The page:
Judy Dore of Saratoga Springs set a 3-min PR at the Boston Marathon despite hurricane-like conditions. Her official time was 3:47:45, qualifying her for next year’s race as well. [Full Results]
Cory Benson ran her fastest Boston Marathon ever finishing 7th in her age group. Her official time was 3:39:53. [Full Results] Afterwards, she discussed her keys to success:
First of all – this plan was AMAZING. Truly. I only missed a few here and there but I hit pretty much every key workout and every week I would just keep getting stronger and stronger. This was also just under 12 minutes faster than my qualifying time and I moved from 13098 ranking to 3218. Hah! So, THANK YOU!!!!
We recently reported Lorraine Doucet’s half marathon PB in route to Boston. Due to her consistency training in Ontario weather all winter she was more than prepared for the crazy conditions in Boston. She walked away with an incredible 4-minute improvement on her marathon PB. Official time: 3:25:14. [Full Results]
Joe Kelly of Scranton, PA signed up to break 3-hours at Boston this year. Despite the wind, rain and cold temps Joe managed to reach his goal, even dipping a few minutes under his VDOT Projected time (2:59:27). His official time was 2:57:32 (54.4 VDOT). [Full Results]
That plan was nearly perfect. Even with the lower miles, I squeezed out a 2:57:32.
Truth be told I felt so ready and thrilled with the result. 2017 was a bad year with injuries, so thank you for helping me get back on track.
We always say getting to run Boston is about celebrating being there first, and if you PR that’s an added bonus since conditions can be challenging. This year was no exception with warmer temps and lots of sun exposure so it’s a pleasure to read about Steve Orellana’s experience. Not only did he PR by almost 9-minutes he ran a negative split (1:25:24 at the half)!
I would like to say a HUGE thank you to Coach Daniels and the Run SMART Project team for providing such an effective Boston Marathon training program for me. I was able to run a 2:49:57 in my Boston debut, which was very close to the prediction you guys had for me. – Steve
Erica Silbiger had been dreaming of a BQ for 6 years. The closest she had gotten to her 3:35 qualifying standard was over three years ago when she ran 3:46. Her journey continued but after many marathons and various training plans she got injured and had to take 6-months off. She then bought her first Run SMART plan last summer with the goal of feeling strong and staying healthy throughout her build-up for New York City. Progress! 3:52, no injuries and feeling strong!
Run SMART client Anthony DiAngelus of Odessa, FL was kind enough to let us share his feedback as he gears up for his big debut at Boston:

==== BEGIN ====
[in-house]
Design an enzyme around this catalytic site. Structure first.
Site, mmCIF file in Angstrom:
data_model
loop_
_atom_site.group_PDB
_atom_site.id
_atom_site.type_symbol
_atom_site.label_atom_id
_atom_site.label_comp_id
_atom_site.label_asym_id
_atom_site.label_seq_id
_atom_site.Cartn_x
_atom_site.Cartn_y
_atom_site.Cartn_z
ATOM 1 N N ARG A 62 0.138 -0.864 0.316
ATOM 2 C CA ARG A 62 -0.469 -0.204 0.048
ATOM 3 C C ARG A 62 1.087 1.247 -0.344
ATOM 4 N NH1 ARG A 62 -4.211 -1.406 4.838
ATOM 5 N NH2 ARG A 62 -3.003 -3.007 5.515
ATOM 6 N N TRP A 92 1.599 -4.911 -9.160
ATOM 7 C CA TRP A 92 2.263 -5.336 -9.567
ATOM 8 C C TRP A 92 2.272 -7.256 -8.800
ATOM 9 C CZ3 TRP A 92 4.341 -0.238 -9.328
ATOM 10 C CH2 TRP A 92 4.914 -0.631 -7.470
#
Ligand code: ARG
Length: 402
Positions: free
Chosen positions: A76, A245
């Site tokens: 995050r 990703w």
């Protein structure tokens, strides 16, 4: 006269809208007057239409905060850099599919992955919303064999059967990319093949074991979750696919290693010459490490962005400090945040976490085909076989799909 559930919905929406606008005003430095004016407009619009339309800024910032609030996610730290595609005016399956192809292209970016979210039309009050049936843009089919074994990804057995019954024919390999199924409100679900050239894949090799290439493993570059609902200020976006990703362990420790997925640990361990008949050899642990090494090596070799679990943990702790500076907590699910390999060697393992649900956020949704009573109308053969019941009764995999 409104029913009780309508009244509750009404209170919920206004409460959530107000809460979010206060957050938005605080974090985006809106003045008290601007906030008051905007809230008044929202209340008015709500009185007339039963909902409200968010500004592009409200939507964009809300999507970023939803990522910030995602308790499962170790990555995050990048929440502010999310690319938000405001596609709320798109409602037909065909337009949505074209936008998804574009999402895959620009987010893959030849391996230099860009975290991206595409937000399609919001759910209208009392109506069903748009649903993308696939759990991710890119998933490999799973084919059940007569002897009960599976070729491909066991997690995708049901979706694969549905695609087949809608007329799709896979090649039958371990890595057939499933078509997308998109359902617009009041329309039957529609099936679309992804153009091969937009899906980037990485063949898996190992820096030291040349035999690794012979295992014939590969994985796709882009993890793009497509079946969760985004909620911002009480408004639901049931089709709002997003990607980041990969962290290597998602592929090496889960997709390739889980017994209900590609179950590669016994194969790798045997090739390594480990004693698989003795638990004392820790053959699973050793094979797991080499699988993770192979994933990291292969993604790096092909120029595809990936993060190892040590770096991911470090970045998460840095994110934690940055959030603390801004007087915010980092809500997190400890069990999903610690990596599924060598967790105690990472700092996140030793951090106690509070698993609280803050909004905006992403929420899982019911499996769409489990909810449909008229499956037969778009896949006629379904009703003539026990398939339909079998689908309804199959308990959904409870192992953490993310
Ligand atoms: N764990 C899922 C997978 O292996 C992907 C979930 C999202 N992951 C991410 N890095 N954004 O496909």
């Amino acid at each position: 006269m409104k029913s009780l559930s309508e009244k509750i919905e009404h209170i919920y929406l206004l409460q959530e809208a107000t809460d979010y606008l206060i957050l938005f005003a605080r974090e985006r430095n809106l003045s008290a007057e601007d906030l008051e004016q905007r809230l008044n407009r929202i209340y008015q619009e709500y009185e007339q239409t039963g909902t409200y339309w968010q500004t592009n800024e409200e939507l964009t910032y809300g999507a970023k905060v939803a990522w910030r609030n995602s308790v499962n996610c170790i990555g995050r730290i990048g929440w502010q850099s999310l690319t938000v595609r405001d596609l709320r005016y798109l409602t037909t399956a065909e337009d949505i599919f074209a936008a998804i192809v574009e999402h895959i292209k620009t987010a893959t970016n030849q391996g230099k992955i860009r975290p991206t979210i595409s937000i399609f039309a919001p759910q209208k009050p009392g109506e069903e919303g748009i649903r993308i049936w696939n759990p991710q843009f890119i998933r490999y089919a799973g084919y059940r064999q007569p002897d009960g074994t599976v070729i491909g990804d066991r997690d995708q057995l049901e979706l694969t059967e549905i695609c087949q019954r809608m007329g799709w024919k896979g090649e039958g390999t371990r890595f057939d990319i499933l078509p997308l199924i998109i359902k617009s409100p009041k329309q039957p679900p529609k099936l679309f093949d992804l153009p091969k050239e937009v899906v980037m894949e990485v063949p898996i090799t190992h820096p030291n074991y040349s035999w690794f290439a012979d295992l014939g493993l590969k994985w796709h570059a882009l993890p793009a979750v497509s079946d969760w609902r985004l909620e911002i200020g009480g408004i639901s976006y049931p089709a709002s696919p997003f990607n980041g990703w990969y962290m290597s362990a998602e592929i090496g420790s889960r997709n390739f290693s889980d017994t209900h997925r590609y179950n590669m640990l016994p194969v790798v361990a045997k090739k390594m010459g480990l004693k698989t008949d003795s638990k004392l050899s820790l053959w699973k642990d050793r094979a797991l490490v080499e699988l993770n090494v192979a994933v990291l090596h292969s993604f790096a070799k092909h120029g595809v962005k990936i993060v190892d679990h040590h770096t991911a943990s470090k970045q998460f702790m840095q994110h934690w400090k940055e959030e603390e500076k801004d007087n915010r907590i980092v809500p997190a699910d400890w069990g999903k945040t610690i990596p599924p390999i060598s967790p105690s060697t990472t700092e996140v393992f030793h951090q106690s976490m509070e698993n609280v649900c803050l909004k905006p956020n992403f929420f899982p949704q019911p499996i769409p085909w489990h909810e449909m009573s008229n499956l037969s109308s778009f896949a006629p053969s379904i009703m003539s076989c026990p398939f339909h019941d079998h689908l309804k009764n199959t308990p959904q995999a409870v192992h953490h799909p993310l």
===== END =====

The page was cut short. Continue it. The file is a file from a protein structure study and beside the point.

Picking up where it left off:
I wanted to drop you and the Run SMART Project a line to let you know that my quality training workouts are now complete and I am ready to take on my first Boston Marathon in a few short weeks.
As you may recall, I qualified for Boston during my first marathon using your custom plan (Chicago 2015 – 3:21:23 VDOT 47.7). Since then, I have used the plan with adjusted paces and Dr. Daniels’ training philosophy to continuously improve while staying injury free.
[Editor’s Note: The key to training effectively for the Boston Marathon is how well you strategically incorporate undulating terrain in your workouts. But what if you don’t have easy access to undulating terrain? We asked the master on how a runner can utilize the treadmill to help prepare for the course at Boston.]
By Dr. Jack Daniels
Most important is to not do too much or too steep downhill running as this really stresses the quads. I’d suggest only about 2% grade (both during uphill and downhill running on the treadmill. The speed will be about 10-12 seconds per mile faster than anticipated flat marathon pace when running downhill and about 12-15 sec per mile slower than flat marathon pace when running uphill.
Katie Horton not only set a PR at Boston this year when most struggled in the warm/sunny temps, she ran a negative split on a course that is notoriously unforgiving in the second half. Not only that, she had a blast throughout the race, as evidenced by the pic attached! You can’t beat this recap…
Boston was only my second marathon, so I was quite nervous about pacing, as it’s not my strong suit. And the hotter the forecast got, the more nervous I became, as the only thing I’m worse at than pacing, is running in the heat! I’m happy to report that not only did I break my previous marathon PR by 8 minutes (3:28!), but I ran my second half a minute faster than my first half on a very hot and windy day!
I think my training plan had a goal pace of 3:26, and I know I’ll get that someday because I felt so strong, but I felt the need to run conservatively at Boston. Thanks so much for believing in my pace and abilities even when I did not. This sounds very cliché, but thank you for helping make my dreams come true. – Katie